Have you always had the belief that architecture can happen anywhere, or was that something you learned as you delved into the practice? 

This is something I learned over the years as I realized that for architecture to be truly impactful, it had to be able to happen anywhere and for anyone; it could not just be reserved for the elite. In many ways, it’s the mission of architecture to enrich and dignify the everyday experience of people who engage [with] buildings and places. 

As an award-winning, acclaimed architect yourself, who was your mentor as you pursued the craft, and how did their work influence yours? 

I’ve had many influential friends and mentors along the way: Fay Jones, Glenn Murcutt and Peter Eisenman among others. I think each of them in their own way reminded me that you have to start your practice the way you want to end it. In other words, you really have to start out doing work that has high aspirations and is executed at the highest level possible because you don’t suddenly wake up at the age of 50 and decide you want to do good work. Doing good work is something that you have to practice at every day. Every project counts no matter how prosaic or modest. There is no bread and butter.

What’s your absolute favorite work of architecture you’ve seen over the years? This could be something that inspired you to become an architect when you were younger, or even something in the past year.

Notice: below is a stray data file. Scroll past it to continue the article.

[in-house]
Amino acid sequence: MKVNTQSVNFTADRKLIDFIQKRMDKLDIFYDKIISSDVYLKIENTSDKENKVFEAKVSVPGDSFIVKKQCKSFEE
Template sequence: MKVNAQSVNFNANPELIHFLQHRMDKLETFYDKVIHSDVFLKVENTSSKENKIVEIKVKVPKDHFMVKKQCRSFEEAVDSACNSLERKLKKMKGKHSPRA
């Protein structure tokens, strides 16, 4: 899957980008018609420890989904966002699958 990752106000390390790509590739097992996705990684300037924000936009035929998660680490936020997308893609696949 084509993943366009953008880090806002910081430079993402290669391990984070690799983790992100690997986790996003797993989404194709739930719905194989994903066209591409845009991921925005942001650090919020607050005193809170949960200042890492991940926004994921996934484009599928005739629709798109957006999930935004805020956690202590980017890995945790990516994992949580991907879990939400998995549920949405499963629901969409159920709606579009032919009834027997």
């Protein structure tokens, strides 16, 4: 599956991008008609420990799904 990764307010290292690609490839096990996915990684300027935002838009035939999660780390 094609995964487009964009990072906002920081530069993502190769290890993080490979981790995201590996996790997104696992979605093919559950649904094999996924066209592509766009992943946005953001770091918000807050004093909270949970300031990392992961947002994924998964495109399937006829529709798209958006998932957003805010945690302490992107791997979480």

There’s so much that it’s hard to have favorites but one that I keep coming back to would be the La Tourrette Monastery by Le Corbusier. It’s a monastery made out of concrete; stunningly rich and complex. So, on one hand there’s that but on the other there’s something like the Pantheon in Rome representing the purity of an idea, realized in its simplicity. I have similar feelings about Thorncrown Chapel and the traditional Ozark Barn.

When COVID-19 struck, many businesses, practices, and academic institutions were impacted. Have you had to adapt your teaching/involvement in the academic realm? Has that affected MBA at all? 

We had to adapt. Zoom is now the format by which most teaching gets done these days. However, at the U of A and currently, at Yale University, I have chosen to teach not only by Zoom but make every effort to teach in person when allowed. Currently, I’m quarantining for 5 days in New Haven so that I can teach for 2 days at Yale next week. It’s very important to me and I believe to the students as well to have this form of hybrid teaching during these times. Relative to MBA, we’ve had to adapt as well. Many of our client, consultant and even internal meetings are being done virtually. However, we’ve been fortunate to still come to work in person with half of the staff in the office for a week at a time, social distancing and wearing masks but having the opportunity to sit and meet and work together to keep the office as productive as possible; it certainly helps with morale as well.

As an architect, you’re leaving bits of your legacy across all sorts of landscapes and regions. How do you hope to be remembered? 

I think I’ll leave that to others to figure out. I hope it’s good, though.

Besides sketching ideas for your next building, do you have other creative hobbies that you go to when you need to step away? 

I’m trying to develop those as I work an awful lot. I do like to get out on the river and go fly-fishing. Ati and I have just bought some land on the Kings River where we will build a cabin and where I plan to spend time in the coming years. If I need to just step away for a bit, there’s nothing like a good cigar and bourbon on occasion to get the creative juices going again.